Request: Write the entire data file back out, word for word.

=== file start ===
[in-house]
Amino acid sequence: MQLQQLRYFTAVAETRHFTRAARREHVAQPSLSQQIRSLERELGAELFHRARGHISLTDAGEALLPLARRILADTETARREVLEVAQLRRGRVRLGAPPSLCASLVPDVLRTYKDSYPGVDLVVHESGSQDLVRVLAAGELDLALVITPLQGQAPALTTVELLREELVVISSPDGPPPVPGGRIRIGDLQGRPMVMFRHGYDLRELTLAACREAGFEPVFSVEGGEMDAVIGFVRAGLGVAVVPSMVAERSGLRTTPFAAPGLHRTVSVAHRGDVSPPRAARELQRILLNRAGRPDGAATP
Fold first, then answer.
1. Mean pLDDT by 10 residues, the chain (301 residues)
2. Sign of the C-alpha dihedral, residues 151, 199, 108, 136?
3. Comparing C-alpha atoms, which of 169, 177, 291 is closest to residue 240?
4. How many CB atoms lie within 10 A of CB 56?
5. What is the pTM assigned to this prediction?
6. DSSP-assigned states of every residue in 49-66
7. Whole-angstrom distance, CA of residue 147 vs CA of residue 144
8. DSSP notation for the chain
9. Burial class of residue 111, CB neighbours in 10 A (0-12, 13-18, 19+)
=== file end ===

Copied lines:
[in-house]
Amino acid sequence: MQLQQLRYFTAVAETRHFTRAARREHVAQPSLSQQIRSLERELGAELFHRARGHISLTDAGEALLPLARRILADTETARREVLEVAQLRRGRVRLGAPPSLCASLVPDVLRTYKDSYPGVDLVVHESGSQDLVRVLAAGELDLALVITPLQGQAPALTTVELLREELVVISSPDGPPPVPGGRIRIGDLQGRPMVMFRHGYDLRELTLAACREAGFEPVFSVEGGEMDAVIGFVRAGLGVAVVPSMVAERSGLRTTPFAAPGLHRTVSVAHRGDVSPPRAARELQRILLNRAGRPDGAATP
Fold first, then answer.
1. Mean pLDDT by 10 residues, the chain (301 residues)
2. Sign of the C-alpha dihedral, residues 151, 199, 108, 136?
3. Comparing C-alpha atoms, which of 169, 177, 291 is closest to residue 240?
4. How many CB atoms lie within 10 A of CB 56?
5. What is the pTM assigned to this prediction?
6. DSSP-assigned states of every residue in 49-66
7. Whole-angstrom distance, CA of residue 147 vs CA of residue 144
8. DSSP notation for the chain
9. Burial class of residue 111, CB neighbours in 10 A (0-12, 13-18, 19+)